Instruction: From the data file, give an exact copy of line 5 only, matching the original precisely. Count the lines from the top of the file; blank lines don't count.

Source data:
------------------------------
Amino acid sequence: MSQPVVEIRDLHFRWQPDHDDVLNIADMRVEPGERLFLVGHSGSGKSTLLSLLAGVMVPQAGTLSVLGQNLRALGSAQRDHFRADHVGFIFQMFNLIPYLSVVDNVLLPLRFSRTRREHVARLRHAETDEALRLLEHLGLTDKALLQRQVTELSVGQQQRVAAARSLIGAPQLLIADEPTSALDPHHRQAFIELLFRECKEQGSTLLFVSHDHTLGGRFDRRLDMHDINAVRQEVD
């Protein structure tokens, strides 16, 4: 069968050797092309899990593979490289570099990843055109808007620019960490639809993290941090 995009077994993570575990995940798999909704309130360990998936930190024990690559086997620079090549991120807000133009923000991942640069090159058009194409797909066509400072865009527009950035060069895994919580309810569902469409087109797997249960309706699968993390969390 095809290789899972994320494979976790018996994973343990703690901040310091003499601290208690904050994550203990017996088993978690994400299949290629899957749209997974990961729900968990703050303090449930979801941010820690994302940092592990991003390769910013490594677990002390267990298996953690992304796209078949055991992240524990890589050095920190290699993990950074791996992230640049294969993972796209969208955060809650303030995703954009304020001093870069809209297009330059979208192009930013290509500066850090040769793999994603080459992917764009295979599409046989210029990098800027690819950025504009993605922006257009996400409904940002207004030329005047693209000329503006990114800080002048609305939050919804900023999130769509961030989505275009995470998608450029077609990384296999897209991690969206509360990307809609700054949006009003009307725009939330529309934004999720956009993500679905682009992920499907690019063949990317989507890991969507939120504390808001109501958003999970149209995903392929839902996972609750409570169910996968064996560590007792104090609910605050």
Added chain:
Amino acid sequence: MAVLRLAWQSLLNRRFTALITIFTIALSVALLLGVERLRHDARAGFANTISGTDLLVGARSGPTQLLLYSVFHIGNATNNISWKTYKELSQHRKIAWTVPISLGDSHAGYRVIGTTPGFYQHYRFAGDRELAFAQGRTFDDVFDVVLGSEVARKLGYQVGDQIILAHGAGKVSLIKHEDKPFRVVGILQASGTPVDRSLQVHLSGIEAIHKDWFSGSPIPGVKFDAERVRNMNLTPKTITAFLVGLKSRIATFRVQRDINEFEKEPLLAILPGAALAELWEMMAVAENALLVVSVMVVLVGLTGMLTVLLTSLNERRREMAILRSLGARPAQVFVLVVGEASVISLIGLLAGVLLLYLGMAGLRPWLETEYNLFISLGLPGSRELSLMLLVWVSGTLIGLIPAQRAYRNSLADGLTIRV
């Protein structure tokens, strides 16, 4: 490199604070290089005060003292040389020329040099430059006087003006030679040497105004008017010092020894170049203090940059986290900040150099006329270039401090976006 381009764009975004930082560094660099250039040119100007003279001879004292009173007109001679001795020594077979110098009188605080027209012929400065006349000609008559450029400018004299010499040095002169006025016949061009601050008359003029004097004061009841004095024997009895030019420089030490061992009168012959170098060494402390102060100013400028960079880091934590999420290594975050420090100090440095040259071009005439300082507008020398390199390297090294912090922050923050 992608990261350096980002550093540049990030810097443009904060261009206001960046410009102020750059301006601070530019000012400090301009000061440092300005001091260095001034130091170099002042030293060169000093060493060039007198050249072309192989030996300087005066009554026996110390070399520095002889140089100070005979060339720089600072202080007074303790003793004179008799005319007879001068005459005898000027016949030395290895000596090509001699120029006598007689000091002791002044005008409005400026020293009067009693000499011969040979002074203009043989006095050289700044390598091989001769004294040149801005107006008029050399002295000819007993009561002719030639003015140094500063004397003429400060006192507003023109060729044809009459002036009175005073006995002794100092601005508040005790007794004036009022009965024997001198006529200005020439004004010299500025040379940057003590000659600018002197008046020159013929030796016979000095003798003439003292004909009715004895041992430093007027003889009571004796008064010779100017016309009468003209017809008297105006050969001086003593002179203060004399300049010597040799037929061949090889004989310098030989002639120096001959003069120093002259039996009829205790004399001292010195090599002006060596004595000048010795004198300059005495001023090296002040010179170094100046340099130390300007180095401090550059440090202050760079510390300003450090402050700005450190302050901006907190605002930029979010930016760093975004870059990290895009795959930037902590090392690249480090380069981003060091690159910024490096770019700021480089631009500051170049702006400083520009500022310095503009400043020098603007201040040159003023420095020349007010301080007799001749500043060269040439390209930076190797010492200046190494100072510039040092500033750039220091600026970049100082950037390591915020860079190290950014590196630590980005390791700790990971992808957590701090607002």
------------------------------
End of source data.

């Protein structure tokens, strides 16, 4: 490199604070290089005060003292040389020329040099430059006087003006030679040497105004008017010092020894170049203090940059986290900040150099006329270039401090976006 381009764009975004930082560094660099250039040119100007003279001879004292009173007109001679001795020594077979110098009188605080027209012929400065006349000609008559450029400018004299010499040095002169006025016949061009601050008359003029004097004061009841004095024997009895030019420089030490061992009168012959170098060494402390102060100013400028960079880091934590999420290594975050420090100090440095040259071009005439300082507008020398390199390297090294912090922050923050 992608990261350096980002550093540049990030810097443009904060261009206001960046410009102020750059301006601070530019000012400090301009000061440092300005001091260095001034130091170099002042030293060169000093060493060039007198050249072309192989030996300087005066009554026996110390070399520095002889140089100070005979060339720089600072202080007074303790003793004179008799005319007879001068005459005898000027016949030395290895000596090509001699120029006598007689000091002791002044005008409005400026020293009067009693000499011969040979002074203009043989006095050289700044390598091989001769004294040149801005107006008029050399002295000819007993009561002719030639003015140094500063004397003429400060006192507003023109060729044809009459002036009175005073006995002794100092601005508040005790007794004036009022009965024997001198006529200005020439004004010299500025040379940057003590000659600018002197008046020159013929030796016979000095003798003439003292004909009715004895041992430093007027003889009571004796008064010779100017016309009468003209017809008297105006050969001086003593002179203060004399300049010597040799037929061949090889004989310098030989002639120096001959003069120093002259039996009829205790004399001292010195090599002006060596004595000048010795004198300059005495001023090296002040010179170094100046340099130390300007180095401090550059440090202050760079510390300003450090402050700005450190302050901006907190605002930029979010930016760093975004870059990290895009795959930037902590090392690249480090380069981003060091690159910024490096770019700021480089631009500051170049702006400083520009500022310095503009400043020098603007201040040159003023420095020349007010301080007799001749500043060269040439390209930076190797010492200046190494100072510039040092500033750039220091600026970049100082950037390591915020860079190290950014590196630590980005390791700790990971992808957590701090607002």